Complete Enneagram 27 paths to greater self-knowledge - Discussion
Complete Enneagram 27 paths to greater self-knowledge
Richard Zen, modified 8 Years ago at 8/10/14 6:38 PM
Created 8 Years ago at 8/10/14 5:01 PM
Complete Enneagram 27 paths to greater self-knowledgePosts: 1665 Join Date: 5/18/10 Recent Posts
Complete Enneagram 27 paths to greater self-knowledge – Beatrice Chestnut, PhD
This book contains a lot so this is more a cursory summary of the different types and how to develop them. I added some Enneagram institute advice as well.
Type 9 represents the archetype of the person who seeks to harmonize with the external environment as a way of staying comfortable and peaceful, even though this means a loss of contact with their internal environment. The weakness is that they over-adjust to others and then have a hard time registering their own desires and asserting their own agendas. This entails an identification with a diminished self.
Superpower: Providing steadfast support to others in a way that makes everyone around them feel honored and included.
Self-preservation: Laziness leading to avoidance.
Social: Prioritizing the needs of the group above him/herself.
Sexual: Trying to blend with another to absorb their passion instead of developing their own.
What to do:
- Be mindful enough to not forget yourself. Ask for what you want and even fake a want if you don’t know your wants. Usually this guess is pretty accurate.
- Learn to enjoy expressing what you think and learn that conflict is sometimes a good thing. Being direct at the beginning can help a lot more than going along and then changing your mind in the last minute.
- Staying comfortable leads to discomfort. Not choosing is actually a choice. Look at the consequences of inaction.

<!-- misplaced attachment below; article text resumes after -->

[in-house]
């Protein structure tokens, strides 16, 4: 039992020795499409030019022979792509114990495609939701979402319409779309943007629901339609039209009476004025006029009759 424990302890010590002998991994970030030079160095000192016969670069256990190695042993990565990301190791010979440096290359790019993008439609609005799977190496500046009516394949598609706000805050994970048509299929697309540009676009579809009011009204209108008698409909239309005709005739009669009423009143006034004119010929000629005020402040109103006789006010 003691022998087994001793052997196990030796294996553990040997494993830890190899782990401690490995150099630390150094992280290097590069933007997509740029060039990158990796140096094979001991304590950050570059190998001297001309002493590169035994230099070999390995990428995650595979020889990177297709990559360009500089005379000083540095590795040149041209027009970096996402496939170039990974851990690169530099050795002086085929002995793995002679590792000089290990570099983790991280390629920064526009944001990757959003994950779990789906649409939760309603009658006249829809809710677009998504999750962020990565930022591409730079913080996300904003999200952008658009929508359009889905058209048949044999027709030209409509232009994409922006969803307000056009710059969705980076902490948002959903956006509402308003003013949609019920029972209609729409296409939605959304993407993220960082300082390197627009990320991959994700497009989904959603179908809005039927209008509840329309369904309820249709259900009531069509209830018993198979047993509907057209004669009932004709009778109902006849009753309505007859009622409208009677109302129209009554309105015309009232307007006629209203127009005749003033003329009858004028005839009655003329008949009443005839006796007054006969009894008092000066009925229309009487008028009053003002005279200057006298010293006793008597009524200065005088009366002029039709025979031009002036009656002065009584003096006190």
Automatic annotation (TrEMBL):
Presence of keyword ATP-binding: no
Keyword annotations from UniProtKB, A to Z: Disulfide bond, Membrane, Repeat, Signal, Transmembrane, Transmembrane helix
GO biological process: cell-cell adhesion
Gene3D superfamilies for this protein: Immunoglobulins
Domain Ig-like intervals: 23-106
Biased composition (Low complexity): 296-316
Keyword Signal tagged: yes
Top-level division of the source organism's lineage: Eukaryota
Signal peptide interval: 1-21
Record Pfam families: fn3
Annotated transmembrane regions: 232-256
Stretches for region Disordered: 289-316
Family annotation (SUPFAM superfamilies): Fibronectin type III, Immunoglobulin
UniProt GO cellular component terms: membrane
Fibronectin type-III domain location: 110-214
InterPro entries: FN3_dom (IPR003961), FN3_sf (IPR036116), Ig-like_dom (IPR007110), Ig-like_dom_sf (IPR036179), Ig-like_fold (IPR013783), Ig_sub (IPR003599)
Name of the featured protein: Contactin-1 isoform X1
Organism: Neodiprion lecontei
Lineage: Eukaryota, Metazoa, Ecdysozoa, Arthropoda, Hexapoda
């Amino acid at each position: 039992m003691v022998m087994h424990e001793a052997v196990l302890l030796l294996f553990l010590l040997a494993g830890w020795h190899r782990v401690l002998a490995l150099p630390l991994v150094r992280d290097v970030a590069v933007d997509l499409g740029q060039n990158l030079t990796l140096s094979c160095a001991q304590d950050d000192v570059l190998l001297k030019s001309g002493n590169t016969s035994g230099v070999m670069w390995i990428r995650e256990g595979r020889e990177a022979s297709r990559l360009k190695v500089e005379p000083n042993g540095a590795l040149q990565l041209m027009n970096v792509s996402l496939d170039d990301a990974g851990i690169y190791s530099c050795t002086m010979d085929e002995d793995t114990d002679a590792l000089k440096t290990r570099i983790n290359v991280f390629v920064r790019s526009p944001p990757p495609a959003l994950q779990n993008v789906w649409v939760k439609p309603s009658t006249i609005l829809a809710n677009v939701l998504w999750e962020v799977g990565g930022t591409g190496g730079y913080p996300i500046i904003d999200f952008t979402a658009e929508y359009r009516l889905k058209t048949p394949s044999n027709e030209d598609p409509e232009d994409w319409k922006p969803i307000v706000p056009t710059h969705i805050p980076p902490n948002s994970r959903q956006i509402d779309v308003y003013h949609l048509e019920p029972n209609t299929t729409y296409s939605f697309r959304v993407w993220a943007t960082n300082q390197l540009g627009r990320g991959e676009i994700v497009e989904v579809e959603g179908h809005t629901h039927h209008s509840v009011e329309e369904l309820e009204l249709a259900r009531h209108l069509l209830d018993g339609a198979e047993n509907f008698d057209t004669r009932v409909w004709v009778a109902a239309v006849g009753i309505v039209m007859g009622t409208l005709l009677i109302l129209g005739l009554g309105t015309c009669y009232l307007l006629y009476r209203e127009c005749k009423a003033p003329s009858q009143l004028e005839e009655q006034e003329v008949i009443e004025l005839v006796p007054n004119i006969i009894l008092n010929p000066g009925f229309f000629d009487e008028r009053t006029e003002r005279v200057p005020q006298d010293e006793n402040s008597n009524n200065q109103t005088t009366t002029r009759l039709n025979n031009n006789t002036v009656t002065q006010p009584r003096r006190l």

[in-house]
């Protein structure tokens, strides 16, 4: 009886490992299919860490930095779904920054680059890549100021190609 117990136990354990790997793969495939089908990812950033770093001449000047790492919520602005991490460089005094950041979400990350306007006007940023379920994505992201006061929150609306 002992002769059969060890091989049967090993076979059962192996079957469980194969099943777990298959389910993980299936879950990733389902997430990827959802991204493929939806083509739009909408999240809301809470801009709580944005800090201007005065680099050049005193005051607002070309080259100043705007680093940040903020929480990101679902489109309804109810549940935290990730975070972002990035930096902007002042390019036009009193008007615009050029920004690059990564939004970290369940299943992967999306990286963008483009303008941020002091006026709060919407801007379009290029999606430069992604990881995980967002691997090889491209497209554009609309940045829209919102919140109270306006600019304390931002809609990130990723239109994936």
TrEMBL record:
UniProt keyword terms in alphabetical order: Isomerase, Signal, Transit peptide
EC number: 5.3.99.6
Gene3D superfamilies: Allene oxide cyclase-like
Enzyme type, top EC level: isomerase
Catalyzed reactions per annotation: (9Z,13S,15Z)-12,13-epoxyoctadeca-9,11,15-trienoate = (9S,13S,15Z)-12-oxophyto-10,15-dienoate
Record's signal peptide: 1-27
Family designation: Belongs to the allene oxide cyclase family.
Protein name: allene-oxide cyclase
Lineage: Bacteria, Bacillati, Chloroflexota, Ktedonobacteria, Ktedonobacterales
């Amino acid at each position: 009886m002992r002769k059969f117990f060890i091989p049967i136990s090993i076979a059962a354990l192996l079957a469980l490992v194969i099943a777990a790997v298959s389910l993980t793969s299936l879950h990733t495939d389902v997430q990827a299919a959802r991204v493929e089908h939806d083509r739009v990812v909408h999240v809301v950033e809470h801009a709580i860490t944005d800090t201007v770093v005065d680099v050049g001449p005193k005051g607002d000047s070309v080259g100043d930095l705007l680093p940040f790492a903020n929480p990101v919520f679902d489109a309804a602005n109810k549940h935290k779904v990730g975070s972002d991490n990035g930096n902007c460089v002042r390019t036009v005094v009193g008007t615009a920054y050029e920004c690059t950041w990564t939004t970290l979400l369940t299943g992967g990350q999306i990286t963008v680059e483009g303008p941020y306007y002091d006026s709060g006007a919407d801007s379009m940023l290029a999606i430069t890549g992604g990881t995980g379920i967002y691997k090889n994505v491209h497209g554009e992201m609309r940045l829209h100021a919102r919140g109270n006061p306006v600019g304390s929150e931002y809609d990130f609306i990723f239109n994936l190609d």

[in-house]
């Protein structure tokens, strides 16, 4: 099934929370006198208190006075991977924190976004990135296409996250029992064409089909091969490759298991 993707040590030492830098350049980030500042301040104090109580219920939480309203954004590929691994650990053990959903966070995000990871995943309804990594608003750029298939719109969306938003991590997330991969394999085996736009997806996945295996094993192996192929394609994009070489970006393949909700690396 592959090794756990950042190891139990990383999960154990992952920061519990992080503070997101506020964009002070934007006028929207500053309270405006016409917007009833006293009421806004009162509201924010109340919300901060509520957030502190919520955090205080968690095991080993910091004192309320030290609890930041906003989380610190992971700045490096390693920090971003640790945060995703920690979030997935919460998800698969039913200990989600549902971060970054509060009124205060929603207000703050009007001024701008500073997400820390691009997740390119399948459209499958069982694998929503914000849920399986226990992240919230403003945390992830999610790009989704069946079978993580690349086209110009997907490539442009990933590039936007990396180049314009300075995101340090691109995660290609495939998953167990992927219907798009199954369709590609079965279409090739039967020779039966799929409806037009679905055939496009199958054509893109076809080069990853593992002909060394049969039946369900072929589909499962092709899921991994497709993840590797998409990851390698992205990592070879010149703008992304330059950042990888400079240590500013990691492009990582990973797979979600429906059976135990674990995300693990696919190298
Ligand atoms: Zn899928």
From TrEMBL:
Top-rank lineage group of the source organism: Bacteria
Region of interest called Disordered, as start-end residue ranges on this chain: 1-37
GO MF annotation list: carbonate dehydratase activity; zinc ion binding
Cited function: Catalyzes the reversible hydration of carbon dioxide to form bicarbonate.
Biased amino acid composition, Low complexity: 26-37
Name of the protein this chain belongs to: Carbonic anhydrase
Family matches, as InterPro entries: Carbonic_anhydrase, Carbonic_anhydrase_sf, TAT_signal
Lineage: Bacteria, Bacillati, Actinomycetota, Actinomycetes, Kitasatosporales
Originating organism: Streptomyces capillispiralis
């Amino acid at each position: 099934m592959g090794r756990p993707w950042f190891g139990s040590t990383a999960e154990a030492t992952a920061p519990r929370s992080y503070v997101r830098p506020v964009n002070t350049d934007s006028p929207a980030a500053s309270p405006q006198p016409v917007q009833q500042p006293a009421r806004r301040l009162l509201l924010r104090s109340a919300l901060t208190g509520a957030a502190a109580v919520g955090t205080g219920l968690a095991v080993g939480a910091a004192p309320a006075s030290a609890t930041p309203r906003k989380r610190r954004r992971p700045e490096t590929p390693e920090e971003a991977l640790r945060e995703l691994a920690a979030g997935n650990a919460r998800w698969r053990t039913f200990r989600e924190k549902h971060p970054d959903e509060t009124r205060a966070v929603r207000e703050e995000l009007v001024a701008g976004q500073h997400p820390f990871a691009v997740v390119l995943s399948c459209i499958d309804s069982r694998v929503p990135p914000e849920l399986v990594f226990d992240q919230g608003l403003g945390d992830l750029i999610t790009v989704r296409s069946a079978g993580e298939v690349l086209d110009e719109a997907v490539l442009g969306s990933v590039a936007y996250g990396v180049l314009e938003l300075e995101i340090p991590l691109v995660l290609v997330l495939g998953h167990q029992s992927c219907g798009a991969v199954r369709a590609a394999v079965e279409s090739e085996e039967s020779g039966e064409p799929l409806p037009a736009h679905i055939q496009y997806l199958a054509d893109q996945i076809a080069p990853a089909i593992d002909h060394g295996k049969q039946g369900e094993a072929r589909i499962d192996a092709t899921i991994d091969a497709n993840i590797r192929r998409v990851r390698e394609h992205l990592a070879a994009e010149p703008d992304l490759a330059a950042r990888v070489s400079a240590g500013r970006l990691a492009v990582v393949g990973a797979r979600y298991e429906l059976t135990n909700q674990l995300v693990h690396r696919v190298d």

The growth arrow moves towards 3 who are “do-ers”.
- Do more to further your own goals.
- The antidote to laziness is right action. Stay conscious of the laziness when it arises and move the intention towards right action towards your goals.
- One can use the stress arrow to 6 and allow the fear of consequences to stimulate action.
Self-preservation: Tap into anger more and use it for pushing for your self-interest.
Social: Tap into the sadness that comes from giving to the group too much and use the motivation to pursue your self-interest.
Sexual: Spend more time on your own and create separation to decondition being as only being through others. Create healthy boundaries.
Type 8 represents the archetype of the person who denies weakness and vulnerability by taking refuge in fearlessness, power, strength, domination and intensity. This entails an identification with a glorified self.
Superpower: Good big picture thinkers, hard workers, and passionate advocates for the people and causes they care about.
Self-preservation: Directly pursue satisfaction.
Social: Express lust and aggression in the service of life and other people. Has outrage towards injustice.
Sexual: Very rebellious and wants to be seen as bad and go against convention.
What to do:
- See how rebellion against limits may lead to self-limitation.
- Understand the aggression as overcompensation.
- Recognize how you deny the existence of vulnerable feelings and dependence on others.
The growth arrow moves towards 2 who foster empathy.
- Practicing giving to get.